The Rise of the Murdoch Dynasty

The opening scenes of The Rise of the Murdoch Dynasty very nearly pick up from the cliffhanger of Succession S2.

It is 1995 and Rupert Murdoch is on his yacht at Hayman Island. Children James, Lachlan and Elisabeth are all in attendance, as narrator Kate Fleetwood reveals a successor to the empire is up for discussion. But Rupert likes to play all 3 against one another.

ABC has kept the BBC doco under wraps -only the first chapter is available for review. Across this rise / fall / rise miniseries, episode one notes Murdoch’s early success with an Adelaide newspaper before it quickly heads to London for Fleet Street domination.

Murdoch’s backing of the Blair government, at the expense of John Major, represents the close relationship between media and politics. Archival footage of Major at the 2012 Leveson inquiry indicates he refused to bow to Murdoch’s directives on the European Union, while former editors recount Murdoch’s backing of Blair (who, as it happens, was also on that yacht at Hayman Island).

After Blair’s Labor victory, Murdoch reportedly had access to the PM on a daily basis and his newspapers beat a drum for the invasion of Iraq in 2003 (over weapons of mass destruction that were ultimately never found).

There are profiles of the children: Elisabeth, smart, likeable and a natural successor; James, brainy and ambitious; Lachlan charismatic. Yet after Rupert divorces wife Anna and marries Star TV exec Wendi Deng, there are two more children: Grace & Chloe. Private footage is used from an ABC series Dynasties: The Murdochs.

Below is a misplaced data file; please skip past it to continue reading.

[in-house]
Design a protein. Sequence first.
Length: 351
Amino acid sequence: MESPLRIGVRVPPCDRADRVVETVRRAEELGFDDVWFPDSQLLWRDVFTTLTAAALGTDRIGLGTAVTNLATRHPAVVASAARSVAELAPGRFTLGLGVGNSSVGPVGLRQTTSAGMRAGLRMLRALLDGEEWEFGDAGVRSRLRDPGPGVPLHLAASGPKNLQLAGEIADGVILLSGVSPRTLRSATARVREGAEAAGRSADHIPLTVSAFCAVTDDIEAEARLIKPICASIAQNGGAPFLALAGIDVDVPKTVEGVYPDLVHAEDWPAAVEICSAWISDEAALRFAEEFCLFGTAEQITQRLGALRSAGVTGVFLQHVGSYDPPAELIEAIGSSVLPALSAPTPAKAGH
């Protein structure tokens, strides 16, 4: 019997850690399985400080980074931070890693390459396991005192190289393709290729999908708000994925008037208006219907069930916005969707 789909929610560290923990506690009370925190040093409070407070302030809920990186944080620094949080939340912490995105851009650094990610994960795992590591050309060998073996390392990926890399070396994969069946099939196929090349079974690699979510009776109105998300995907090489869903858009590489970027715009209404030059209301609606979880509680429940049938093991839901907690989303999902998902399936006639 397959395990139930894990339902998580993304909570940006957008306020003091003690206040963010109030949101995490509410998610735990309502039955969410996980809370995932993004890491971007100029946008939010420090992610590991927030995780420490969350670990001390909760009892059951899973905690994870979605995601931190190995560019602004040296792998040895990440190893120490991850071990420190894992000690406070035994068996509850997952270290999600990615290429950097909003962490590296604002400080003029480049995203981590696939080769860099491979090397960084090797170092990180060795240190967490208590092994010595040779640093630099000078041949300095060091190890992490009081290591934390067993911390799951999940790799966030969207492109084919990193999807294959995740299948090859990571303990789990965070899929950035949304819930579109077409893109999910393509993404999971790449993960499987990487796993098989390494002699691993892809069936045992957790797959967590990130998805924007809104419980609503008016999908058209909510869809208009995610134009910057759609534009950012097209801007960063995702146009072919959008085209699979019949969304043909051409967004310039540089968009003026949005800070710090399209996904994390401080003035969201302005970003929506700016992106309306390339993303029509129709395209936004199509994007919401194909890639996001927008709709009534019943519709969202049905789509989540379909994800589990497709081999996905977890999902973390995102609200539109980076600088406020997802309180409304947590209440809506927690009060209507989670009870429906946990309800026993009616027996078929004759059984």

Recalling a performance at Rupert & Wendi’s wedding, singer Charlotte Church -who was 13 at the time- was encouraged by record management to sing as a favour instead of £100,000. She did.

But the other narrative rippling through the first episode surrounds the growing influence of News of the World editor Rebekah Wade (who married to become Rebekah Brooks) and was subsequently at the centre of the now-infamous phone hacking.

There are interviews with former editors and journalists, including Piers Morgan, and another who admits he would not have participated without Rupert’s agreement.

Yet for all its chess players and scope, it’s nowhere near as ripping as a great episode of Succession. It skims over the actual rise of Murdoch in Australia and fast-forwards to the UK ’90s. Other docos such as a 2013 SBS doco were far more thorough in this regard, although this one benefits from more recent turning points.

I’m not so sure ABC’s preference for keeping episodes so under wraps has helped, because I would have liked to have seen some knockout blows. Instead I am left with an acknowledgment of what we already knew: media and politicians make for Shakespearean bedmates.

The Rise of the Murdoch Dynasty 7:40pm Sunday on ABC.


  1. The Murdoch doco is slow, dull and extremely patchy. The focus is too much on who will succeed Rupert, while glossing over decades of Murdoch Senior’s dodgy deals, the way he’s bought and sold governments and his continual degradation of the media landscape. It doesn’t even dwell much on the hacking-related scandal. It’s almost like they wanted to make a real-world companion piece to Succession, without including too much of Murdoch’s crimes and misdemeanours, lest it be just too disturbing.

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